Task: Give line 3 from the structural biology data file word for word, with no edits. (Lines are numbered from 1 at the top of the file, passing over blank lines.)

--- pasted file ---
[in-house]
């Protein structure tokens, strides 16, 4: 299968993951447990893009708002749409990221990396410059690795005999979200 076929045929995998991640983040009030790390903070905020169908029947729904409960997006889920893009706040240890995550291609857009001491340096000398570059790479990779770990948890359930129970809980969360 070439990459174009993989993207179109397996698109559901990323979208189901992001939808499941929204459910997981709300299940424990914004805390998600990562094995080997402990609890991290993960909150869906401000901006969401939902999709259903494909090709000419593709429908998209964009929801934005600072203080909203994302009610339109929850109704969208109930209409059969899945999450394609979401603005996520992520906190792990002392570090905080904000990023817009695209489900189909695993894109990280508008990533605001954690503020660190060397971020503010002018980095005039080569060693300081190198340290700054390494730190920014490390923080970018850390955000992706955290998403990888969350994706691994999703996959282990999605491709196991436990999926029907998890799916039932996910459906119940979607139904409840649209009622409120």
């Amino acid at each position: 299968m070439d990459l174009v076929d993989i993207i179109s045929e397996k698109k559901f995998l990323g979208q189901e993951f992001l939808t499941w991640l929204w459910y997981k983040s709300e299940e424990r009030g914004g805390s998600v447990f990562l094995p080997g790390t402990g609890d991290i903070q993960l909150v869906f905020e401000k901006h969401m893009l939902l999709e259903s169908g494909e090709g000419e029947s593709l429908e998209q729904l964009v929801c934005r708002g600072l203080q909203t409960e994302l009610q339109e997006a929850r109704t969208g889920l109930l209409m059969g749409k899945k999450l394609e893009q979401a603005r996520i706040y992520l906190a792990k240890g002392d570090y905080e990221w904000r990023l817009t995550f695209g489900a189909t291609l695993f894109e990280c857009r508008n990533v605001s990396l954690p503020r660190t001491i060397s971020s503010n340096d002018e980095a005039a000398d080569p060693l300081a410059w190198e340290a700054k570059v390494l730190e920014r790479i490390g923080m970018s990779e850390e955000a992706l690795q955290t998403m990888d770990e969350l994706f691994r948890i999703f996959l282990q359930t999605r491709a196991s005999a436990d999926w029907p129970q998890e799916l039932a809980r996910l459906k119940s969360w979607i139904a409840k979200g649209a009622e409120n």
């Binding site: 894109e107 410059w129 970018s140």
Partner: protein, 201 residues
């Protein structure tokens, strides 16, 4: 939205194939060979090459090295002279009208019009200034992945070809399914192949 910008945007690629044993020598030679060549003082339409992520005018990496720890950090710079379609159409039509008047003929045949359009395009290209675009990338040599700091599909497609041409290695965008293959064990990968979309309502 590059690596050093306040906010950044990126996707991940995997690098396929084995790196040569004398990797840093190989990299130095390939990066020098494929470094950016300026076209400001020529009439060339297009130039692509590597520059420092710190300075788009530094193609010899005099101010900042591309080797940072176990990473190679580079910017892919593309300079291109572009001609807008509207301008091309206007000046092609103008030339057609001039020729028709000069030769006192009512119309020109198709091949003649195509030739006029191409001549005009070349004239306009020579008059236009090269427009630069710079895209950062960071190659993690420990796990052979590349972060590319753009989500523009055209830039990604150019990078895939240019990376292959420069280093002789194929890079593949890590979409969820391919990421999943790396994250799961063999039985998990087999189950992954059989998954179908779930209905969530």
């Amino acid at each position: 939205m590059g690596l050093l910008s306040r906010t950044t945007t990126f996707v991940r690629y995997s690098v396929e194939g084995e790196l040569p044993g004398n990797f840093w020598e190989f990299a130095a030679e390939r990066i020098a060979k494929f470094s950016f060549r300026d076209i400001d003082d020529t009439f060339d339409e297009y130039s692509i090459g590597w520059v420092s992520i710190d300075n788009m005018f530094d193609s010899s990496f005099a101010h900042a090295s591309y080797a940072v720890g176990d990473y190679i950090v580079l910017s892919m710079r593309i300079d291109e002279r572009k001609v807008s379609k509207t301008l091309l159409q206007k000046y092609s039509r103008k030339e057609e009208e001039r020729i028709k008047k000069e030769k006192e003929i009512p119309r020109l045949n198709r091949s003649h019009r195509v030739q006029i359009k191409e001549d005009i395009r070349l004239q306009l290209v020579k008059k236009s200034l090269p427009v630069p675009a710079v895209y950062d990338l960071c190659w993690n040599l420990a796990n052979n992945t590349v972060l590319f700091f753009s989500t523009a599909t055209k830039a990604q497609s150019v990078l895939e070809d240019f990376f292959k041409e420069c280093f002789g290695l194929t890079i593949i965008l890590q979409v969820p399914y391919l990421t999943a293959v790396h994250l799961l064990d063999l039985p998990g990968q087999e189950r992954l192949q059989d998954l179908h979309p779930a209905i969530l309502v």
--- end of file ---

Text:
């Amino acid at each position: 299968m070439d990459l174009v076929d993989i993207i179109s045929e397996k698109k559901f995998l990323g979208q189901e993951f992001l939808t499941w991640l929204w459910y997981k983040s709300e299940e424990r009030g914004g805390s998600v447990f990562l094995p080997g790390t402990g609890d991290i903070q993960l909150v869906f905020e401000k901006h969401m893009l939902l999709e259903s169908g494909e090709g000419e029947s593709l429908e998209q729904l964009v929801c934005r708002g600072l203080q909203t409960e994302l009610q339109e997006a929850r109704t969208g889920l109930l209409m059969g749409k899945k999450l394609e893009q979401a603005r996520i706040y992520l906190a792990k240890g002392d570090y905080e990221w904000r990023l817009t995550f695209g489900a189909t291609l695993f894109e990280c857009r508008n990533v605001s990396l954690p503020r660190t001491i060397s971020s503010n340096d002018e980095a005039a000398d080569p060693l300081a410059w190198e340290a700054k570059v390494l730190e920014r790479i490390g923080m970018s990779e850390e955000a992706l690795q955290t998403m990888d770990e969350l994706f691994r948890i999703f996959l282990q359930t999605r491709a196991s005999a436990d999926w029907p129970q998890e799916l039932a809980r996910l459906k119940s969360w979607i139904a409840k979200g649209a009622e409120n």